Public Programs News and Events

Jean Edward Smith, author of “Eisenhower,” speaks to a standing-room-only audience.

President Roosevelt was an avid collector of books. His love of reading was reflected in the enormity of his collection of well over 21,000 books — now a part of the Roosevelt Library archives.

To honor FDR’s love of books and to celebrate the fact that a host of new books on the Roosevelt era are written each year — many based on research at the Roosevelt Library — the Library held the ninth annual Roosevelt Reading Festival last Saturday, June 23, 2012.

The well-attended program highlighted the recently published work of twelve authors — including Jean Edward Smith author of “Eisenhower in War and Peace” — and a special afternoon presentation by Franklin D. Roosevelt historian Joseph E. Persico, author of the forthcoming “Roosevelt’s Centurions: FDR and the Commanders He Led to Victory in World War II.” The Reading Festival was held in the Henry A. Wallace Center at the FDR Presidential Library and Home and nearly 600 people attended throughout the day.

Joseph E. Persico signs copies of his books following his keynote address.

Other authors included John Bodnar, “The ‘Good War’ in American Memory”; Ren and Helen Davis, “Our Mark on This Land: A Guide to the Legacy of the Civilian Conservation Corps in America’s Parks”; James Tertius de Kay, “Roosevelt’s Navy: The Education of a Warrior President, 1882-1920”; Michael Hiltzik, “The New Deal: A Modern History”; Mark A. Huddle, “Roi Ottley’s World War II: The Lost Diary of an African American Journalist”; John J. McLaughlin, “General Albert C. Wedemeyer: America’s Unsung Strategist in World War II”; Greg Robinson, “After Camp: Portraits in Midcentury Japanese American Life and Politics”; Craig Shirley, “December 1941: 31 Days that Changed America and Saved the World”; and Mary E. Stuckey, “Defining Americans: The Presidency and National Identity.”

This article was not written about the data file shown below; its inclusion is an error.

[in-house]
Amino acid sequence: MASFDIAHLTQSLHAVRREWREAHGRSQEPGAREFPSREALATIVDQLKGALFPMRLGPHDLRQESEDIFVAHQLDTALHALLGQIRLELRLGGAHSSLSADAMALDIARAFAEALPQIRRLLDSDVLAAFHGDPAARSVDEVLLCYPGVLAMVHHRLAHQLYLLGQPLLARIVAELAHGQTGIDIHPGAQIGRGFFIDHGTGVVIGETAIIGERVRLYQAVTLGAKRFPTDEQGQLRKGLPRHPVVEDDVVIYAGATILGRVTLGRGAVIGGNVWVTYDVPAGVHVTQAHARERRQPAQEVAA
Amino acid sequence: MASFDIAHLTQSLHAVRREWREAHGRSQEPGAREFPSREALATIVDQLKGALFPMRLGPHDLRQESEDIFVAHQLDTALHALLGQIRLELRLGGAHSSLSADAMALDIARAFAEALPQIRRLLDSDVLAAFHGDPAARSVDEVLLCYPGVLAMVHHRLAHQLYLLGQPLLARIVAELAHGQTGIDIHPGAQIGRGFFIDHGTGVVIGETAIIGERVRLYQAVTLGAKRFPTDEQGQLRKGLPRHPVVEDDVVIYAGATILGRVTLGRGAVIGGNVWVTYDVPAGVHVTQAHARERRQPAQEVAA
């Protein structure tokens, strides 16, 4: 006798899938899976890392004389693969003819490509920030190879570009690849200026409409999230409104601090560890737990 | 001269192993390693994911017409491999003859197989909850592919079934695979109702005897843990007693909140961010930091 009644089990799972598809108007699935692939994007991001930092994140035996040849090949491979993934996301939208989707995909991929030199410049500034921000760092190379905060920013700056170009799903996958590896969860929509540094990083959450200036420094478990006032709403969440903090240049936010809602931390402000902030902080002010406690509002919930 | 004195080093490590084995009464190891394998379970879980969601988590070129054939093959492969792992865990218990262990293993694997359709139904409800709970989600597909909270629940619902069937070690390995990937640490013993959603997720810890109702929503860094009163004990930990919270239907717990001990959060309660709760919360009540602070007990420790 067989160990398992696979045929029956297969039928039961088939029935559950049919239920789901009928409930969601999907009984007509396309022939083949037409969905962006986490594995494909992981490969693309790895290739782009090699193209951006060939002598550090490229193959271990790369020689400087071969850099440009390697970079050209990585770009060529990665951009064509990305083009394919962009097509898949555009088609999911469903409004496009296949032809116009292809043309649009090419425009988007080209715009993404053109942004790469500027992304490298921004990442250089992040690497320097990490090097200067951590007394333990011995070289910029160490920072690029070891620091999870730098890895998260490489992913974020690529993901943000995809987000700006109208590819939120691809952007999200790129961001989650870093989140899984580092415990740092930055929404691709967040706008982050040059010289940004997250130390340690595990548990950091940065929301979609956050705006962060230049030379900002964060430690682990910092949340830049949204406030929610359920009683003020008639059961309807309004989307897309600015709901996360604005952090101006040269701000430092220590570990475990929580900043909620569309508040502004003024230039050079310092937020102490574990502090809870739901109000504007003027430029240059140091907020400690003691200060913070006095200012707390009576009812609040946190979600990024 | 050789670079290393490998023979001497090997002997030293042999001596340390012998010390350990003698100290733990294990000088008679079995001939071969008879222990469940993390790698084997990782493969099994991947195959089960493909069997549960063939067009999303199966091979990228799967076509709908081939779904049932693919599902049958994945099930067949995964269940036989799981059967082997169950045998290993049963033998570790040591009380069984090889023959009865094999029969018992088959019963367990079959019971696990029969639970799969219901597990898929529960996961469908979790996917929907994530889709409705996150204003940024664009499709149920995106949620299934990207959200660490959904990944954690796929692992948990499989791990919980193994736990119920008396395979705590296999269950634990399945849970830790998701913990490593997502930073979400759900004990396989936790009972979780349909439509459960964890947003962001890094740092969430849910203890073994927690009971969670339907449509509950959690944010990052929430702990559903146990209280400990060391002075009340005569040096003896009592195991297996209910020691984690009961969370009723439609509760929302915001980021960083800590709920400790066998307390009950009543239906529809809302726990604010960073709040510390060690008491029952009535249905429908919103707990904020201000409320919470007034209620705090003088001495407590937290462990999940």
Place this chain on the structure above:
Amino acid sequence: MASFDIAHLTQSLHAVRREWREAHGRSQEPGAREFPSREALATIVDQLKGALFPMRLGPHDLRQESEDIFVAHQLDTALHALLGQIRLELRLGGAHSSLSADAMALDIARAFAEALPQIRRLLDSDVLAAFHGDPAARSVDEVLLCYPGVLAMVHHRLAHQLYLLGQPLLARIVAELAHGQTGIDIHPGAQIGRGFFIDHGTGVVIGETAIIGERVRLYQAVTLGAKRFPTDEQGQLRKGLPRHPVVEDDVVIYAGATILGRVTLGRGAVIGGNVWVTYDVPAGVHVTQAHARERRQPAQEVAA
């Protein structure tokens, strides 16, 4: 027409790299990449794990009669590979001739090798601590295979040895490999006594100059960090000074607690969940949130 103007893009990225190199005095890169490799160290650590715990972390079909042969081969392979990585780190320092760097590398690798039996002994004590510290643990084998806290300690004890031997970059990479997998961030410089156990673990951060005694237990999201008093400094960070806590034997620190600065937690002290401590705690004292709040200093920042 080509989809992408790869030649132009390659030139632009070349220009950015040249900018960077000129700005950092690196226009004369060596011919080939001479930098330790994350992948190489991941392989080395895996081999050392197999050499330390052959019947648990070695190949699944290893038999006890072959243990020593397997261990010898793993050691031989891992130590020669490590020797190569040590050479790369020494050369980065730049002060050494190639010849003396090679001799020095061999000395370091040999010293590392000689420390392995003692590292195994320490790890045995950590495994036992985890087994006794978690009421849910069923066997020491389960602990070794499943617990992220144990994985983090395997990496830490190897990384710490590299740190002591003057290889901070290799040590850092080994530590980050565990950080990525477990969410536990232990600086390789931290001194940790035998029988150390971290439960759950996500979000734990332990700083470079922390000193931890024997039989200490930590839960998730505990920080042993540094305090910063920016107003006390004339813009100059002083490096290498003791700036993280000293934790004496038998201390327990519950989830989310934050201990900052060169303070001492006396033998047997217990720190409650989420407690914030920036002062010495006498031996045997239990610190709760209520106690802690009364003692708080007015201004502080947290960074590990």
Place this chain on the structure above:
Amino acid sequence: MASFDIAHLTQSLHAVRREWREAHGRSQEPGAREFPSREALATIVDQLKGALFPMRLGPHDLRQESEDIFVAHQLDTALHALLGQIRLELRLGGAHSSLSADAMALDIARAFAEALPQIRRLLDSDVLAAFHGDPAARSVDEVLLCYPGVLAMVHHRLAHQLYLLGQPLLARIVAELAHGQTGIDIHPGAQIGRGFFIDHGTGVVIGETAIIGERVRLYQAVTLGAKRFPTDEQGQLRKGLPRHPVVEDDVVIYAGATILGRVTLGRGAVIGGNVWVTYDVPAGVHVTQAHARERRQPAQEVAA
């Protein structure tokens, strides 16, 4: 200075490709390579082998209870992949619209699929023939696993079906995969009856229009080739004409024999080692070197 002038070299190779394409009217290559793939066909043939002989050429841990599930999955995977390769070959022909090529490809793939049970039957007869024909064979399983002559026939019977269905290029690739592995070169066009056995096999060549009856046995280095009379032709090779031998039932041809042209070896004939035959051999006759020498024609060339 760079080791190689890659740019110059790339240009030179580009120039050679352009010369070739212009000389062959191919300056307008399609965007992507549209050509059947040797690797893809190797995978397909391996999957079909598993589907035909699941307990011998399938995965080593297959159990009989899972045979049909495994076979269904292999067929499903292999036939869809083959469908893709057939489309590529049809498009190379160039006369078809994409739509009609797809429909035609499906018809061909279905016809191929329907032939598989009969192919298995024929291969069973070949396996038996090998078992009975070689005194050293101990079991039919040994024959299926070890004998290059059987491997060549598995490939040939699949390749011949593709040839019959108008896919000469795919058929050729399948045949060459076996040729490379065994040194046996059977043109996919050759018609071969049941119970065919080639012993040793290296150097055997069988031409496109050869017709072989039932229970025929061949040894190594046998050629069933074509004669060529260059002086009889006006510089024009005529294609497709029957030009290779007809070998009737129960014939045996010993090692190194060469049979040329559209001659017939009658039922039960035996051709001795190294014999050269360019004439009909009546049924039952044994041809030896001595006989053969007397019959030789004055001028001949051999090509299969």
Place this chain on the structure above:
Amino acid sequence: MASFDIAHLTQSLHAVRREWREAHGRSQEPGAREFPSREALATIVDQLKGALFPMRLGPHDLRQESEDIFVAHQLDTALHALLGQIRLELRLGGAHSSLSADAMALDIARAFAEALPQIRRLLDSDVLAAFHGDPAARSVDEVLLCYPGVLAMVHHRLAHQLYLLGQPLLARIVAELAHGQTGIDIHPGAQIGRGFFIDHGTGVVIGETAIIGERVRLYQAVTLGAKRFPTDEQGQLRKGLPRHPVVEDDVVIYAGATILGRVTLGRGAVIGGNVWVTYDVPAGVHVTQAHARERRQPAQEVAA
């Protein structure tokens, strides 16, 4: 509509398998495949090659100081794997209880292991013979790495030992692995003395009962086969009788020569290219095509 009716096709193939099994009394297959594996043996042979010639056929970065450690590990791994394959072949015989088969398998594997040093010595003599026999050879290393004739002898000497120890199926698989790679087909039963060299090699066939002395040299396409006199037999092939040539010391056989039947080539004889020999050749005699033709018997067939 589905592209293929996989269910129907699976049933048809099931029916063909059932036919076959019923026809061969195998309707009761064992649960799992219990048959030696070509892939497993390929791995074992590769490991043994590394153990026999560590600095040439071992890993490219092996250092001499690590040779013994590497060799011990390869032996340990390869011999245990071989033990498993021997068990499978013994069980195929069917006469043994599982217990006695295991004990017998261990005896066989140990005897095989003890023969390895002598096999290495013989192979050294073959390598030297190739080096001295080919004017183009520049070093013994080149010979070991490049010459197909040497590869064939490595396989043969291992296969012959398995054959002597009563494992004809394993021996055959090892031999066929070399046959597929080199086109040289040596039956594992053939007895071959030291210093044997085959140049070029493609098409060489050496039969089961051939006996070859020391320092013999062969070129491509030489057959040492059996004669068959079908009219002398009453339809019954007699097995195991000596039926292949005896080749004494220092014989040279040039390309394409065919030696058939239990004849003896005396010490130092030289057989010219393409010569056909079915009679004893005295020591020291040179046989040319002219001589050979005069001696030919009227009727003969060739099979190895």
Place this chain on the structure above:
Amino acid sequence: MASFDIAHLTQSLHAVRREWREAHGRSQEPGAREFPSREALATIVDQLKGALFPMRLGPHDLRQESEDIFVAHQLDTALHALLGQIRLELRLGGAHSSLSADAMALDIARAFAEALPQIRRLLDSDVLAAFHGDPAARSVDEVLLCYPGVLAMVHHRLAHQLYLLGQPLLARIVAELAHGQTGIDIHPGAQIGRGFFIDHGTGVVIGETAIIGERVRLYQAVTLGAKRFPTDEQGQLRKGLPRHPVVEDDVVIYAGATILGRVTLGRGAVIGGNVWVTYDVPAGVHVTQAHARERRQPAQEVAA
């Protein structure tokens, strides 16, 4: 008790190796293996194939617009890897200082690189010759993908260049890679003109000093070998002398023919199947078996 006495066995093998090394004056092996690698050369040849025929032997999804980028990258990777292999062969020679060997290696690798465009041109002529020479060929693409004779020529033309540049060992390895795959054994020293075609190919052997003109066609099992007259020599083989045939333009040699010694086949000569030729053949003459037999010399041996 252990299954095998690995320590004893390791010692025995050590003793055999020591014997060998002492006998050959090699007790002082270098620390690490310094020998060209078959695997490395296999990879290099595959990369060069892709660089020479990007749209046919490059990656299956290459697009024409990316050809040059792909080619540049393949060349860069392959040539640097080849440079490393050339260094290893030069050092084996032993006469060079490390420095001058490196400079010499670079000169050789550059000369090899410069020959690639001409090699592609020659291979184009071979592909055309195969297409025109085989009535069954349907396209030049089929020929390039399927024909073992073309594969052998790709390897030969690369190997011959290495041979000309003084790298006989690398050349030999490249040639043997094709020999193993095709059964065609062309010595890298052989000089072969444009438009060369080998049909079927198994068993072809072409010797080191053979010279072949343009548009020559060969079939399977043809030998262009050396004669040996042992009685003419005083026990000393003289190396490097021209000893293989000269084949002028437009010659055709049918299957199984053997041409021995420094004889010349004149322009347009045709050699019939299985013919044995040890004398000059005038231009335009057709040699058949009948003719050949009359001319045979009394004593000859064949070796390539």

One thought on “Public Programs News and Events

  1. Here are some books ABOUT Franklin Delano Roosevelt that are well worth reading for anyone who actually wants to know aboutT FDR:

    “FDR” by Jean Edward Smith
    “Before the Trumpet: Young Franklin Roosevelt 1882-1905” by Geoffrey C. Ward
    “A First-Class Temperament: The Emergence of Franklin Roosevelt” by Geoffrey C. Ward
    “Franklin Roosevelt and American Foreign Policy 1932-1945” by Robert Dallek
    “The Juggler” by Warren Kimball
    “The Three Roosevelts: Patrician Leaders Who Transformed America” by James MacGregor Burns and Susan Dunn
    “Roosevelt and Hopkins: An Intimate History” by Robert E. Sherwood
    “The FDR Years: On Roosevelt and His Legacy” by William E. Leuchtenburg
    “Nothing to Fear: FDR in Photographs” by Hugh Gregory Gallagher
    “Franklin Delano Roosevelt: Champion of Freedom” by Conrad Black (this is a 1,200 page biography — it’s excellent)
    “Roosevelt: The Lion and the Fox” by James MacGregor Burns
    “Nothing to Fear: FDR’s Inner Circle and the Hundred Days That Created Modern America” by Adam Cohen
    “Five Days in Philadelphia; 1940,Wendell Willkie and the Political Convention That freed FDR to Win World War II” by Charles Peters
    “FDR: A Centenary Remembrance 1882-1945” by Joseph Alsop.
    “No Ordinary Time: Franklin & Eleanor Roosevelt: The Home Front in World War II” by Doris Kearns Goodwin
    “Franklin and Winston: An Intimate Portrait of an Epic Friendship” by Jon Meacham
    “Eleanor & Franklin” by Joseph P. Lash
    “Working With Roosevelt” by Samuel Rosenman
    “One Christmas in Washington: The Secret Meeting Between Roosevelt and Churchill That Changed the World” by David Bercuson and Holger H. Herwig

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